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Yachting World

Yachting World July 2017 + SuperSail World

Published by TI Media Limited Yachting World is world's leading international yachting magazine. From ocean racing and blue water cruising to the most glamorous super-yachts, Yachting World has the very best in nautical writing and stunning photography, with up-to-the-minute technical reports, race analysis, new boat tests and much more.

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2 min
faster and faster

It was only four years ago that Emirates Team New Zealand transformed the America’s Cup by finding out how to achieve stable 100 per cent fully foiling performance. Fast forward to this America’s Cup and every team is able to foil right round the course. In those short years, design and handling has advanced so much that the AC50s race faster than did the larger AC72s back in San Francisco. This is perhaps the largest technical advance in any sport in such a short time. The design know-how is already having a profound effect. In the last Vendée Globe, foilborne monohulls proved significantly faster round the world, even though their foils were not always deployed. The decision by the Volvo Ocean Race to build a foil-equipped onedesign monohull for 2019 will move…

1 min
on the wind

PICTURE THIS Kicking back The Melges 32 Kick Em Jenny 2 powering downwind at Antigua Sailing Week in May. Celebrating its 50th anniversary this year, the regatta has evolved from an event originally dreamt up by hoteliers to extend the tourist season and raced in locally built workboats, to a lynchpin on the Caribbean regatta circuit. Everything from the 115ft Farr-designed ketch Sojana to TP52s, 1720s and Melges 24s, Gunboats, ex-Volvo Ocean Race boats, chartered bareboats, white sail fleets, and all in between enjoyed eight races in solid tropical breezes with surfing wave conditions. See page 26. PICTURE THIS A classic sight Commissioned in 1896 for a wealthy French yachtsman, the elegant 23.3m gaff-rigged cutter Avel took just four months to build at Camper & Nicholson in Gosport. Designed by Charles E Nicholson as a cruiser,…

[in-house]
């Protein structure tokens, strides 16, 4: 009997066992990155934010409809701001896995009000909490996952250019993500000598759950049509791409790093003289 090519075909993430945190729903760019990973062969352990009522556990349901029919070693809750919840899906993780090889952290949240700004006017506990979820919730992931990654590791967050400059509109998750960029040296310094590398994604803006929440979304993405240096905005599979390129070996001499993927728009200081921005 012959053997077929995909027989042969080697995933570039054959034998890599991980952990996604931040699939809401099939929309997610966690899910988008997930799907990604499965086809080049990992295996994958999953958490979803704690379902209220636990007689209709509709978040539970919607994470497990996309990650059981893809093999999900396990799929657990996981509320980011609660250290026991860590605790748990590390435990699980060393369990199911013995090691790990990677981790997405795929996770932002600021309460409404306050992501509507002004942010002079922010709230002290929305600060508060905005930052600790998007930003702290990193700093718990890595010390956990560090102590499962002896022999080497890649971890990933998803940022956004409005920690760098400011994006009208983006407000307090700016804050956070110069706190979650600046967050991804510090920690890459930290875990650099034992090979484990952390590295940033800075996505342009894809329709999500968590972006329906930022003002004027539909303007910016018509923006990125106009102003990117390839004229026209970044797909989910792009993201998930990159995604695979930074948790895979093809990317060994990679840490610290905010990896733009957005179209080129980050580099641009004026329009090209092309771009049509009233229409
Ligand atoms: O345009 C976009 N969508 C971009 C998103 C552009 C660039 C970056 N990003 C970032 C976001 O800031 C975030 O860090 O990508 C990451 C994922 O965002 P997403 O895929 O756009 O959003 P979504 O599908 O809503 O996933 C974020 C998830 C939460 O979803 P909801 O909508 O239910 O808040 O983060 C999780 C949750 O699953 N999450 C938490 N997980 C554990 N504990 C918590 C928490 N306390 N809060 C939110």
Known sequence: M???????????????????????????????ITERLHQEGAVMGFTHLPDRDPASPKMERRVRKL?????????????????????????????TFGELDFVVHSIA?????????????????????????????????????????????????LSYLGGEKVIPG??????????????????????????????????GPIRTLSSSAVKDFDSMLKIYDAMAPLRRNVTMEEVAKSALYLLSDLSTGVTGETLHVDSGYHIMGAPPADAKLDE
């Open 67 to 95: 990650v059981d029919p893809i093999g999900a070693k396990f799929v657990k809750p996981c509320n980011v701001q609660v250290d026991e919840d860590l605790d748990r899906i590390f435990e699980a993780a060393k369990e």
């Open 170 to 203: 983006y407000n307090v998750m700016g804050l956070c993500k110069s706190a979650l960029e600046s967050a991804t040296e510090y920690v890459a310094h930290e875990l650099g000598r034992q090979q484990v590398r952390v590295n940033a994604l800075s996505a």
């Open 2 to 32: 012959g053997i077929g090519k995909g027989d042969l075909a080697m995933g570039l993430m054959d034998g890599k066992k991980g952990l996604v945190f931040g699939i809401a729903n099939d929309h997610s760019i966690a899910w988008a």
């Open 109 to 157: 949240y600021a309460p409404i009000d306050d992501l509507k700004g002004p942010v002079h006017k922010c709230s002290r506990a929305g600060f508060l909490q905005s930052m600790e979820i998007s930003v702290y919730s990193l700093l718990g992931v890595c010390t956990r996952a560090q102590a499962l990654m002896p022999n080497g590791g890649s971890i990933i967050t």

9 min
new foiling monohull for volvo race

The most radical shake-up of the Volvo Ocean Race since its inception as the Whitbread in 1973 were announced in May in a raft of changes for the 2019 edition of the race onwards. The biggest change is in choice of a new one-design yacht. Volvo Ocean Race CEO Mark Turner confirmed that from 2019 the ocean legs will be sailed in a turbo-charged 60ft monohull, a foilassisted design. More intriguingly, Turner announced the potential for these new Volvo 60-footers to be reconfigured to compete within the Vendée Globe IMOCA fleet. Speaking to Yachting World in Paris ahead of the announcement, he explained: “We found ourselves looking at the fact that the best boat for the Volvo Ocean Race, which is a combination of performance, safety, technology development, actually can also be…

1 min

The announcements made last month were a vision for the future of the Volvo Ocean Race, not a detailed blueprint. It has many of the hallmarks of Mark Turner’s innovations at Offshore Challenges: commercially driven at its heart, genuinely international, and not bound by tradition or the need to be universally popular. With just five or six crew on board each new 60-footer, it will be a challenge for the VOR to provide more opportunities for women sailors, although Turner has pledged that both female and sailors under the age of 30 will be represented on the new boats. The inshore catamaran element has been met by a degree of bafflement, and concern that it confuses the message for both potential sponsors and the public. But anyone who dismissed the Extreme Sailing…

1 min
volvo extra

Hong Kong sponsors fifth Volvo entry While much focus has been on the 2019 edition of the Volvo Ocean Race, only half the fleet has been announced for this year’s race, which starts in October. The fifth entry has now been named as Team Sun Hung Kai/Scallywag, representing Hong Kong and backed by Seng Huang Lee, the owner of supermaxi yacht Scallywag (pictured above), previously Ragamuffin. It will be skippered by Australian David Witt, who last competed in the race in 1997-98. Speaking about the remaining team announcements, Volvo Ocean Race CEO Mark Turner said: “The ambition is still to have eight boats on the startline. The boats are ready to go, I think the final deals will be done over the next few weeks. We’re certainly expecting to get to six…

2 min
yacht abandoned in antigua to bermuda race

The first edition of what is hoped to be an annual 935-mile Antigua to Bermuda Race will be remembered for the rapid sinking and abandonment of the Farr 56 Monterey 200 miles from Bermuda. Les Crane, pictured right, a previous commodore of the Royal Bermuda Yacht Club, together with five crew, abandoned the Bermuda-registered Monterey after it began rapidly taking on water during the early hours of 17 May. The crew transferred via liferaft to the Volvo 60 Esprit de Corps IV, which had seen their flares and motored five miles to assist. Crane described the rescue after safely arriving in Bermuda. “I came up on watch at 0400; we were beating into 10-15 knots but the boat was very comfortable with the wind and the sea state,” said Crane. “The active…